Sore Throats & Tonsillitis

Almost everyone will suffer with a sore throat at some stage in their lives. In fact a sore throat can mean different things to different people, ranging from a mild irritation to dryness to severe acute pain. In more severe cases, this may cause difficulties in swallowing or even airway problems depending on the cause.

The majority of sore throats are caused by a viral infection, usually associated with a cold or ‘flu. Remember that although tonsillitis is quite common, not every sore throat is tonsillitis. The symptoms and possible causes do vary somewhat in children and adults, although many of the conditions can occur in most age groups so they will be considered together.

Viral Sore Throat

This usually occurs at the same time as, or shortly follows, an ‘flu-like illness or cold affecting the nose and sinuses (also known as the upper respiratory tract). As part of the illness, the throat usually becomes inflamed and sometimes infected as well. Symptoms may include a runny nose, sneezing, hoarseness, dry cough, decreased hearing and redness of the pharynx and tonsils.

Treatment is generally supportive, aimed at dealing with the symptoms as they appear, as the viral cause of the sore throat will improve by itself with time. It is recommended to use salt water gargles, take common painkillers such as paracetamol and/ or ibuprofen, drink plenty of fluids and do steam inhalations.

If symptoms persist or recur several times over a short time period, it is advisable to make an appointment with your GP as further tests or treatment may be required. A throat swab may need to be taken to identify the exact cause of the infection. If the results show a bacterial infection, a course of antibiotics is usually prescribed.

Tonsillitis

The tonsils are part of the immune system and are made up of lymphoid tissue, whose job it is to fight infections or viruses when they occur. In most people the tonsils therefore play an important role but if they become unhealthy in their own right, they can occasionally give rise to infections of their own. An acute attack of tonsillitis can be quite severe and debilitating for the patient. It usually causes a particularly severe sore throat which is the main symptom, occasionally but not always associated with flu-like symptoms, during which the tonsils become enlarged, red and inflamed and cause pain on eating, fever, referred pain to the ears and enlarged neck glands.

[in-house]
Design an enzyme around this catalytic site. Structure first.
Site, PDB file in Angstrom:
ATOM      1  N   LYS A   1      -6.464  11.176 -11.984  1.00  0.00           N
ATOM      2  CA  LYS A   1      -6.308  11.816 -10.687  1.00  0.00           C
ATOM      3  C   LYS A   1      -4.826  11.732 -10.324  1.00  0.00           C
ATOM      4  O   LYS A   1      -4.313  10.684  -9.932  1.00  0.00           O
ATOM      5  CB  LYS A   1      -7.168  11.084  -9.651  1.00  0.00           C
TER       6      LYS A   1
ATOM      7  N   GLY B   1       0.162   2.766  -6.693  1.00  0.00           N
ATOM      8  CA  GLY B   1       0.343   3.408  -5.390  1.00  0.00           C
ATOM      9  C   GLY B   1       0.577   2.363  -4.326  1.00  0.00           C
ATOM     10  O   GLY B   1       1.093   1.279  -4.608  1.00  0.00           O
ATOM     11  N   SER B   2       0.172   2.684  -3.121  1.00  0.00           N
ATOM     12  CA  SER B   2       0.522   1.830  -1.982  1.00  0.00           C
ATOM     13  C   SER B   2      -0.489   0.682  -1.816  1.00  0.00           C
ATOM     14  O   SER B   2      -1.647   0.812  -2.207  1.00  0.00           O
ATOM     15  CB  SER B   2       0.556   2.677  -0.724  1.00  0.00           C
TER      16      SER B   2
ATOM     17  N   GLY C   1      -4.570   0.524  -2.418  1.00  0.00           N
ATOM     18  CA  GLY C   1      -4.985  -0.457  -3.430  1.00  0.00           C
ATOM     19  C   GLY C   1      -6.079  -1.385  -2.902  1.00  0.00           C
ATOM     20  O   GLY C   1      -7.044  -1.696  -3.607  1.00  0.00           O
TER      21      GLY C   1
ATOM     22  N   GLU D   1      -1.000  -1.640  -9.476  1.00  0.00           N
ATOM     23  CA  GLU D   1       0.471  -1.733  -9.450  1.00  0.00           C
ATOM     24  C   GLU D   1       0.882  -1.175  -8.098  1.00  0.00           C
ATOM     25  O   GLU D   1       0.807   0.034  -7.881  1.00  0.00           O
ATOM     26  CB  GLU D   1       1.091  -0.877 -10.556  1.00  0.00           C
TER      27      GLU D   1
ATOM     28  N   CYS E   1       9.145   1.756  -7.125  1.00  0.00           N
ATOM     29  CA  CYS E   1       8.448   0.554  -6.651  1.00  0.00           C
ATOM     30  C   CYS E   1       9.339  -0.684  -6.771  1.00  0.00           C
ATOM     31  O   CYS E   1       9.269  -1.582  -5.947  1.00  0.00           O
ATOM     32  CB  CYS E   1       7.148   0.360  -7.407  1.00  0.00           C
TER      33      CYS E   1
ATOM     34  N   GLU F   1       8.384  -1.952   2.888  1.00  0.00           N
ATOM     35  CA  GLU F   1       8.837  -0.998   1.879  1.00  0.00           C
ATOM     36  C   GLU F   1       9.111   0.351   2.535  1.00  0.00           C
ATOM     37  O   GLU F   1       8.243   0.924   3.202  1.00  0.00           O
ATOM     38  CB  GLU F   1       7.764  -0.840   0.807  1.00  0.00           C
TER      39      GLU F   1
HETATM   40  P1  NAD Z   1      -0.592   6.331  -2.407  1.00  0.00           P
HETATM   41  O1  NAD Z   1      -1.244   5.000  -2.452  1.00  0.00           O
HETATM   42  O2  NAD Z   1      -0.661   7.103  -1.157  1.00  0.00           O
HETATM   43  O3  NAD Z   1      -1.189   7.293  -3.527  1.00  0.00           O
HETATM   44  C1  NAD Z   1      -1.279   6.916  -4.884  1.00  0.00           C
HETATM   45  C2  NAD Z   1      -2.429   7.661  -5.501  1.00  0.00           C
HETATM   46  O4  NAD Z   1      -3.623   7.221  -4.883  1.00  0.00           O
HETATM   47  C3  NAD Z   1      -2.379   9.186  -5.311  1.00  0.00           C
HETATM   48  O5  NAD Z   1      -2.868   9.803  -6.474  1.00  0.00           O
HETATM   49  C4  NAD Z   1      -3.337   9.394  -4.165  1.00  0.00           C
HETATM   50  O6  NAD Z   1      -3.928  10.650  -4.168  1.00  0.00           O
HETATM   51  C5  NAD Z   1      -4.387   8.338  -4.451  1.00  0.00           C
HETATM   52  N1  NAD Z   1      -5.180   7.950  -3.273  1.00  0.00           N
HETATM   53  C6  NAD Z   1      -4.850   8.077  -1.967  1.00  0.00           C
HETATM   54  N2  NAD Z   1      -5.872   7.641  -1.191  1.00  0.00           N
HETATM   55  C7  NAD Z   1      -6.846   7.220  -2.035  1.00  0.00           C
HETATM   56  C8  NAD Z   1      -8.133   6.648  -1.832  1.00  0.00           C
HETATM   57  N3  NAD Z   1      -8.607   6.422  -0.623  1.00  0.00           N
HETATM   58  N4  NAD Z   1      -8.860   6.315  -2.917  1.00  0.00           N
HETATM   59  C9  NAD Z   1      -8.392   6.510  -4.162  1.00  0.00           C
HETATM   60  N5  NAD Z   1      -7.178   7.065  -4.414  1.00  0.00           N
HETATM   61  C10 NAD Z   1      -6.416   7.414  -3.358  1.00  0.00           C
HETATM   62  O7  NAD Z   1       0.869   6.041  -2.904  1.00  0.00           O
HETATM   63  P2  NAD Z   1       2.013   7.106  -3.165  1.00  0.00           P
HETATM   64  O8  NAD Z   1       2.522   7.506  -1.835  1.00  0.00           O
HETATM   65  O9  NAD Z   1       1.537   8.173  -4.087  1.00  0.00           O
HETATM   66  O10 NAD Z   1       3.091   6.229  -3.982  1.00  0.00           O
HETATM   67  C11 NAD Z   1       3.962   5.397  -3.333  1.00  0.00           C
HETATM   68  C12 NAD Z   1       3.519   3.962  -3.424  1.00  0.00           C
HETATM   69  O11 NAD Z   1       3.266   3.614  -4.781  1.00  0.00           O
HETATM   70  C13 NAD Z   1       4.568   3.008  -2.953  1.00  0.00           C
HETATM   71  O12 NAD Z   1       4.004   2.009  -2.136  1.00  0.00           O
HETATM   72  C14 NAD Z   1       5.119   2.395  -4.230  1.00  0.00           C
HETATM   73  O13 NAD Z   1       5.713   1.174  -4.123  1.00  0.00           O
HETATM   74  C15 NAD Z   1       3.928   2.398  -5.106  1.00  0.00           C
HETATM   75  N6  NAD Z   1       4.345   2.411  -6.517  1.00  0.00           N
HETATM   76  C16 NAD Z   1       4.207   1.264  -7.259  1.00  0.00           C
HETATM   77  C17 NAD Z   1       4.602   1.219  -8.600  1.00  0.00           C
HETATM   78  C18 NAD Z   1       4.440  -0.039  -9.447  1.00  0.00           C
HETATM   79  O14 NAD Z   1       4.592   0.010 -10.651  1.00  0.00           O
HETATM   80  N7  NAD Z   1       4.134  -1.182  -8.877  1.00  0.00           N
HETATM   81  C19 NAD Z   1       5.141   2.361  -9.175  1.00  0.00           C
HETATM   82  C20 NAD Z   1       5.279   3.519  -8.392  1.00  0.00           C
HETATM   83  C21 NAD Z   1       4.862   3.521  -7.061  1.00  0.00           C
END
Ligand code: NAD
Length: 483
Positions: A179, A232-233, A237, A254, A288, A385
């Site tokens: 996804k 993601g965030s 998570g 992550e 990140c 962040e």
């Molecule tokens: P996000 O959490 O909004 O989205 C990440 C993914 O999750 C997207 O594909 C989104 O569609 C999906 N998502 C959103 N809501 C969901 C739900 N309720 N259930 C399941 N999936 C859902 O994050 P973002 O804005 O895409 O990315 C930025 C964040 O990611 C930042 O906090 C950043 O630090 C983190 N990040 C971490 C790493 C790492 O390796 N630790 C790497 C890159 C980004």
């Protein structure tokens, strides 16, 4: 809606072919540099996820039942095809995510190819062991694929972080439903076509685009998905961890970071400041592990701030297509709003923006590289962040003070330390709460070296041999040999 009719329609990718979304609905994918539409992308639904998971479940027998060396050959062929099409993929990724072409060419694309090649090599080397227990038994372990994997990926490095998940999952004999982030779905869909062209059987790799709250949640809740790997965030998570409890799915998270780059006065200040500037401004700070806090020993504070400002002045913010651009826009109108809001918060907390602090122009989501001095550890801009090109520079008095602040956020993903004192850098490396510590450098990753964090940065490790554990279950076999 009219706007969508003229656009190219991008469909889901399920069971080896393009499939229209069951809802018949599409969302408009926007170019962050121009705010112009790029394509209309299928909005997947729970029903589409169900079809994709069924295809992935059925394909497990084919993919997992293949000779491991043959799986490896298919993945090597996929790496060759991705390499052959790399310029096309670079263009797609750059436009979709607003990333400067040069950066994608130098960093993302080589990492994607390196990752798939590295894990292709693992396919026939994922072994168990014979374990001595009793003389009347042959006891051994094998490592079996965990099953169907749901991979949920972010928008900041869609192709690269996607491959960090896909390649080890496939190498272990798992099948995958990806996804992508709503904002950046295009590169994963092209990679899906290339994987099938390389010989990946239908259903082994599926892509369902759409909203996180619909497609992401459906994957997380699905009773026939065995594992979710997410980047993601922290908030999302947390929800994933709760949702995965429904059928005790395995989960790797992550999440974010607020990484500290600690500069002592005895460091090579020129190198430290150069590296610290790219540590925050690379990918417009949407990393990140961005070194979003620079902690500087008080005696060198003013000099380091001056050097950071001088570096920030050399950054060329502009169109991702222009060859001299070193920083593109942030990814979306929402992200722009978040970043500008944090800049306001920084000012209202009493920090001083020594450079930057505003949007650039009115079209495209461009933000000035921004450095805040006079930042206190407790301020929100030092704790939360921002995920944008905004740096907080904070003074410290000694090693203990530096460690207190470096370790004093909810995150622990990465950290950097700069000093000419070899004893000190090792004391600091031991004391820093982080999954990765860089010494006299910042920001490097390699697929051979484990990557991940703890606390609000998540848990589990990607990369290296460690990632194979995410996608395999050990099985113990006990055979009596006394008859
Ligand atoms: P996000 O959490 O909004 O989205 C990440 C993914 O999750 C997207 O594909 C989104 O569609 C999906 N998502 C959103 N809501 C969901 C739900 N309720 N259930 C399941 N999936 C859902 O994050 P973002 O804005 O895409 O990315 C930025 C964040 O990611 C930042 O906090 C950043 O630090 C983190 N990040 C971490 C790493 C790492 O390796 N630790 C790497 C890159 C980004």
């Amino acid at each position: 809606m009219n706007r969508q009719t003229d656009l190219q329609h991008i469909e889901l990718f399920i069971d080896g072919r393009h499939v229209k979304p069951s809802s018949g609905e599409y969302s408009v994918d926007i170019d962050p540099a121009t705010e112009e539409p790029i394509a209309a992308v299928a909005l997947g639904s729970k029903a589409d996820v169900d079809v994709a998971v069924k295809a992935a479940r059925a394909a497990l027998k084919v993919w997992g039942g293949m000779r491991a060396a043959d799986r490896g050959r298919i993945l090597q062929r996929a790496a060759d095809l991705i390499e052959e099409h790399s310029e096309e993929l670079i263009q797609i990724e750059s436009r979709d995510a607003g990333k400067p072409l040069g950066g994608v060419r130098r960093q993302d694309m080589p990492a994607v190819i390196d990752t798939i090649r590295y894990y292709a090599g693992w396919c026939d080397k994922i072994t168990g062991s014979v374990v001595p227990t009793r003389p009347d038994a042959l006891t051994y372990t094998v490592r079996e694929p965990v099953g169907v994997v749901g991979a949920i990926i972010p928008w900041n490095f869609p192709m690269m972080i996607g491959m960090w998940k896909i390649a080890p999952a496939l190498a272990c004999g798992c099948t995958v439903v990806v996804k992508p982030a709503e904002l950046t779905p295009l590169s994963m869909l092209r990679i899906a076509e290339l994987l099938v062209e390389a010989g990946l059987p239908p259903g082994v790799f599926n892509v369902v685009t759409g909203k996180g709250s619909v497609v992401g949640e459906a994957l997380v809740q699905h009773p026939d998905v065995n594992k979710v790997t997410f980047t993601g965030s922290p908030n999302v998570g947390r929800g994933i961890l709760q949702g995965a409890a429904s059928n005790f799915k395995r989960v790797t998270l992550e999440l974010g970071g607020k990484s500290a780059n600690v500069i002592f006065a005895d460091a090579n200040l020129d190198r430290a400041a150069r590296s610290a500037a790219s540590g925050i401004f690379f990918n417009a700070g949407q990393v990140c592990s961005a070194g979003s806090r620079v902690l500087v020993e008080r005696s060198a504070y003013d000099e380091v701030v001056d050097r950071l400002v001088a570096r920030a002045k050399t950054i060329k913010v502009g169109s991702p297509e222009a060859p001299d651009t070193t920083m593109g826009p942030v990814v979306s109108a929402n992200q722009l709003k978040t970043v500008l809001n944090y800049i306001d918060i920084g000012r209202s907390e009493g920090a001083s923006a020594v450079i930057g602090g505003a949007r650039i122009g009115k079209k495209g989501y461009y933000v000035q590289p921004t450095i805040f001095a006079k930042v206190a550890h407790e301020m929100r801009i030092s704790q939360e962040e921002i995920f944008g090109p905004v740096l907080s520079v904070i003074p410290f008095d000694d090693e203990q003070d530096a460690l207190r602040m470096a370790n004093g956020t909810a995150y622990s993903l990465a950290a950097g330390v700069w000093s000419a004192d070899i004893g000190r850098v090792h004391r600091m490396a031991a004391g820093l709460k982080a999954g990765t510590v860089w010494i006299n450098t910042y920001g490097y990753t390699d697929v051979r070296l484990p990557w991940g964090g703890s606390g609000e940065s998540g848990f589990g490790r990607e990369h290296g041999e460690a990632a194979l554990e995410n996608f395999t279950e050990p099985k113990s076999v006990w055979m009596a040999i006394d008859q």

Initial treatment is as for a viral sore throat as it is sometimes difficult to distinguish the two, although antibiotics may need to be given if the tonsillitis is prolonged, severe or where the evidence points towards a bacterial cause. In people with recurrent tonsillitis occurring several times a year and associated with time off school or work, it may be necessary to remove the tonsils (tonsillectomy).

Current guidelines produced by the Scottish Intercollegiate Guidelines Network (SIGN) suggest that there need to be at least 5 episodes of tonsillitis a year, occurring over a timeframe of at least a year, before tonsillectomy should be considered. It must be noted that these are only guidelines for your specialist to bear in mind whilst assessing your case, as in some instances tonsillectomy may well be recommended if there are fewer than five attacks a year if other relevant factors are present, such as a quinsy (see below) or hospital admissions for tonsillitis in severe cases.

Children most commonly suffer with sore throats and tonsillitis as they are frequently exposed to viruses transmitted by contact with other children at nursery or school. Treatment is as for adults, with the exception that in children, the adenoids (lymphoid tissue behind the nose) are also often inflamed and enlarged, which can give rise to problems of their own such as blocked nose, snoring or even hearing problems due to glue ear. In such circumstances, consideration may need to be given to additional treatments.

If you think that you or your child is suffering with severe sore throats and/or tonsillitis, it would be sensible to discuss the options with your GP or ENT specialist who will be happy to answer any questions you may have.

Quinsy (Peritonsillar Abscess)